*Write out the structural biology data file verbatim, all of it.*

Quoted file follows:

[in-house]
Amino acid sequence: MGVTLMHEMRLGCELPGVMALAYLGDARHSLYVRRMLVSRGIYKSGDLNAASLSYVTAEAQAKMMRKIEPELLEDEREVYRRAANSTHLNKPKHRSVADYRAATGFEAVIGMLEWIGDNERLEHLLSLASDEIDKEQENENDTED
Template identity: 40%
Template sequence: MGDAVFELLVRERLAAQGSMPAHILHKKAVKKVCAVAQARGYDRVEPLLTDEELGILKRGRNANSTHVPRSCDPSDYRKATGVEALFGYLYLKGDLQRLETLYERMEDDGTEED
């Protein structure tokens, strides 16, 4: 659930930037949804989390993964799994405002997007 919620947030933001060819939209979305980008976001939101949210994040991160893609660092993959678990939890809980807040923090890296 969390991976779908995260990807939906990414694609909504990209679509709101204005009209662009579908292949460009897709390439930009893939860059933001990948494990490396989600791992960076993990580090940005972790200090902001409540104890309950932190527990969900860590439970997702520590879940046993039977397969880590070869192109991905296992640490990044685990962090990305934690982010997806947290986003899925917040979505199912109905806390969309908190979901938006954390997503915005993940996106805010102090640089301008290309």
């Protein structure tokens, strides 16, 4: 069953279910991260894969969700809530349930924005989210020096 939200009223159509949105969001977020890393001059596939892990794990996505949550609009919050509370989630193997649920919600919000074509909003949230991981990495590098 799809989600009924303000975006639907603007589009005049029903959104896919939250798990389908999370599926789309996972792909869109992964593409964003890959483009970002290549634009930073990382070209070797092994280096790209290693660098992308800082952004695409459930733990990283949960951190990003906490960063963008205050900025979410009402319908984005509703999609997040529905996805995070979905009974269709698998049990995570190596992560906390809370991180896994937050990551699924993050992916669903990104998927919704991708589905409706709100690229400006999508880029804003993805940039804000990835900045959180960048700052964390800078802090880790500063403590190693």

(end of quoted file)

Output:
[in-house]
Amino acid sequence: MGVTLMHEMRLGCELPGVMALAYLGDARHSLYVRRMLVSRGIYKSGDLNAASLSYVTAEAQAKMMRKIEPELLEDEREVYRRAANSTHLNKPKHRSVADYRAATGFEAVIGMLEWIGDNERLEHLLSLASDEIDKEQENENDTED
Template identity: 40%
Template sequence: MGDAVFELLVRERLAAQGSMPAHILHKKAVKKVCAVAQARGYDRVEPLLTDEELGILKRGRNANSTHVPRSCDPSDYRKATGVEALFGYLYLKGDLQRLETLYERMEDDGTEED
């Protein structure tokens, strides 16, 4: 659930930037949804989390993964799994405002997007 919620947030933001060819939209979305980008976001939101949210994040991160893609660092993959678990939890809980807040923090890296 969390991976779908995260990807939906990414694609909504990209679509709101204005009209662009579908292949460009897709390439930009893939860059933001990948494990490396989600791992960076993990580090940005972790200090902001409540104890309950932190527990969900860590439970997702520590879940046993039977397969880590070869192109991905296992640490990044685990962090990305934690982010997806947290986003899925917040979505199912109905806390969309908190979901938006954390997503915005993940996106805010102090640089301008290309």
């Protein structure tokens, strides 16, 4: 069953279910991260894969969700809530349930924005989210020096 939200009223159509949105969001977020890393001059596939892990794990996505949550609009919050509370989630193997649920919600919000074509909003949230991981990495590098 799809989600009924303000975006639907603007589009005049029903959104896919939250798990389908999370599926789309996972792909869109992964593409964003890959483009970002290549634009930073990382070209070797092994280096790209290693660098992308800082952004695409459930733990990283949960951190990003906490960063963008205050900025979410009402319908984005509703999609997040529905996805995070979905009974269709698998049990995570190596992560906390809370991180896994937050990551699924993050992916669903990104998927919704991708589905409706709100690229400006999508880029804003993805940039804000990835900045959180960048700052964390800078802090880790500063403590190693």